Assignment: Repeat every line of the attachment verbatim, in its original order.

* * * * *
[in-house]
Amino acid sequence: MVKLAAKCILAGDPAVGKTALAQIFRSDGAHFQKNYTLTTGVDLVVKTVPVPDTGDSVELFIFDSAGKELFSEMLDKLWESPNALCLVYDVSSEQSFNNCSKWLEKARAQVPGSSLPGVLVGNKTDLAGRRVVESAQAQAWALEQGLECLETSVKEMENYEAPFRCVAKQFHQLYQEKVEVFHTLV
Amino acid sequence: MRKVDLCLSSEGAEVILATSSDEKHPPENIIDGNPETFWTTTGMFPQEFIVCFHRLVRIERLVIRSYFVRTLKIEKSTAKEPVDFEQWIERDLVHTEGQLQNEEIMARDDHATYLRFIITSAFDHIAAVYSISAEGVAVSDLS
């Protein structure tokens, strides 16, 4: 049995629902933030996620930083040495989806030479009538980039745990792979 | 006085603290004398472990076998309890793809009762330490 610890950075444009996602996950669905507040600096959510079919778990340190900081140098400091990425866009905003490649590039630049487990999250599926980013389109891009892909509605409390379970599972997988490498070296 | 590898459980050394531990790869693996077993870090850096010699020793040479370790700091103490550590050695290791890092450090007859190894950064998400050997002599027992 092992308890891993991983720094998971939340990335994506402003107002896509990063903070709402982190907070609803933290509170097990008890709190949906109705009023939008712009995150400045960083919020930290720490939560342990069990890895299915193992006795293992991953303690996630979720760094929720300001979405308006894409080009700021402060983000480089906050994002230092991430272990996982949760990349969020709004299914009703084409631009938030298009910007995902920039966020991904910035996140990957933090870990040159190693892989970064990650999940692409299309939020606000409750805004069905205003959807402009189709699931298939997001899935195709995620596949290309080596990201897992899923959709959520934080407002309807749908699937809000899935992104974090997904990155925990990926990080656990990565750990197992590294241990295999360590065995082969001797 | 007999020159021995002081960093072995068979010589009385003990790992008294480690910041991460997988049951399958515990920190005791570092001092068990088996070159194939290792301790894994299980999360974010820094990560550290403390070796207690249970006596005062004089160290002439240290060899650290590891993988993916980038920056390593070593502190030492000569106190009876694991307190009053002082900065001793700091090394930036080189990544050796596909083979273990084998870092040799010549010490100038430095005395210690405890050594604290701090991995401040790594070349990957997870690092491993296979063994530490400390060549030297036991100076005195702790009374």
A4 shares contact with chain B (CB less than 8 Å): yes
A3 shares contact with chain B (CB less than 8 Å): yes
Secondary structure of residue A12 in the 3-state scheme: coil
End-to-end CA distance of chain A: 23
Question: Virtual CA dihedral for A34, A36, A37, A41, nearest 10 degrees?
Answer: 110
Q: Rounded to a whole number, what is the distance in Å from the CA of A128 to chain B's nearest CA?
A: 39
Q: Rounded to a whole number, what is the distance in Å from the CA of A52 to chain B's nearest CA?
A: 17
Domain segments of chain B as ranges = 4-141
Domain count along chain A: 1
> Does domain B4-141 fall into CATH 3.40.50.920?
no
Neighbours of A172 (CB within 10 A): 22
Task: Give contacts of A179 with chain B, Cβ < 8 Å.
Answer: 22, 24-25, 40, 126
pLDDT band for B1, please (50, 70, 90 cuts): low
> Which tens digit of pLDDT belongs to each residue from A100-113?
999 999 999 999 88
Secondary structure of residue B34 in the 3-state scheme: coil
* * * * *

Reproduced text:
[in-house]
Amino acid sequence: MVKLAAKCILAGDPAVGKTALAQIFRSDGAHFQKNYTLTTGVDLVVKTVPVPDTGDSVELFIFDSAGKELFSEMLDKLWESPNALCLVYDVSSEQSFNNCSKWLEKARAQVPGSSLPGVLVGNKTDLAGRRVVESAQAQAWALEQGLECLETSVKEMENYEAPFRCVAKQFHQLYQEKVEVFHTLV
Amino acid sequence: MRKVDLCLSSEGAEVILATSSDEKHPPENIIDGNPETFWTTTGMFPQEFIVCFHRLVRIERLVIRSYFVRTLKIEKSTAKEPVDFEQWIERDLVHTEGQLQNEEIMARDDHATYLRFIITSAFDHIAAVYSISAEGVAVSDLS
């Protein structure tokens, strides 16, 4: 049995629902933030996620930083040495989806030479009538980039745990792979 | 006085603290004398472990076998309890793809009762330490 610890950075444009996602996950669905507040600096959510079919778990340190900081140098400091990425866009905003490649590039630049487990999250599926980013389109891009892909509605409390379970599972997988490498070296 | 590898459980050394531990790869693996077993870090850096010699020793040479370790700091103490550590050695290791890092450090007859190894950064998400050997002599027992 092992308890891993991983720094998971939340990335994506402003107002896509990063903070709402982190907070609803933290509170097990008890709190949906109705009023939008712009995150400045960083919020930290720490939560342990069990890895299915193992006795293992991953303690996630979720760094929720300001979405308006894409080009700021402060983000480089906050994002230092991430272990996982949760990349969020709004299914009703084409631009938030298009910007995902920039966020991904910035996140990957933090870990040159190693892989970064990650999940692409299309939020606000409750805004069905205003959807402009189709699931298939997001899935195709995620596949290309080596990201897992899923959709959520934080407002309807749908699937809000899935992104974090997904990155925990990926990080656990990565750990197992590294241990295999360590065995082969001797 | 007999020159021995002081960093072995068979010589009385003990790992008294480690910041991460997988049951399958515990920190005791570092001092068990088996070159194939290792301790894994299980999360974010820094990560550290403390070796207690249970006596005062004089160290002439240290060899650290590891993988993916980038920056390593070593502190030492000569106190009876694991307190009053002082900065001793700091090394930036080189990544050796596909083979273990084998870092040799010549010490100038430095005395210690405890050594604290701090991995401040790594070349990957997870690092491993296979063994530490400390060549030297036991100076005195702790009374």
A4 shares contact with chain B (CB less than 8 Å): yes
A3 shares contact with chain B (CB less than 8 Å): yes
Secondary structure of residue A12 in the 3-state scheme: coil
End-to-end CA distance of chain A: 23
Question: Virtual CA dihedral for A34, A36, A37, A41, nearest 10 degrees?
Answer: 110
Q: Rounded to a whole number, what is the distance in Å from the CA of A128 to chain B's nearest CA?
A: 39
Q: Rounded to a whole number, what is the distance in Å from the CA of A52 to chain B's nearest CA?
A: 17
Domain segments of chain B as ranges = 4-141
Domain count along chain A: 1
> Does domain B4-141 fall into CATH 3.40.50.920?
no
Neighbours of A172 (CB within 10 A): 22
Task: Give contacts of A179 with chain B, Cβ < 8 Å.
Answer: 22, 24-25, 40, 126
pLDDT band for B1, please (50, 70, 90 cuts): low
> Which tens digit of pLDDT belongs to each residue from A100-113?
999 999 999 999 88
Secondary structure of residue B34 in the 3-state scheme: coil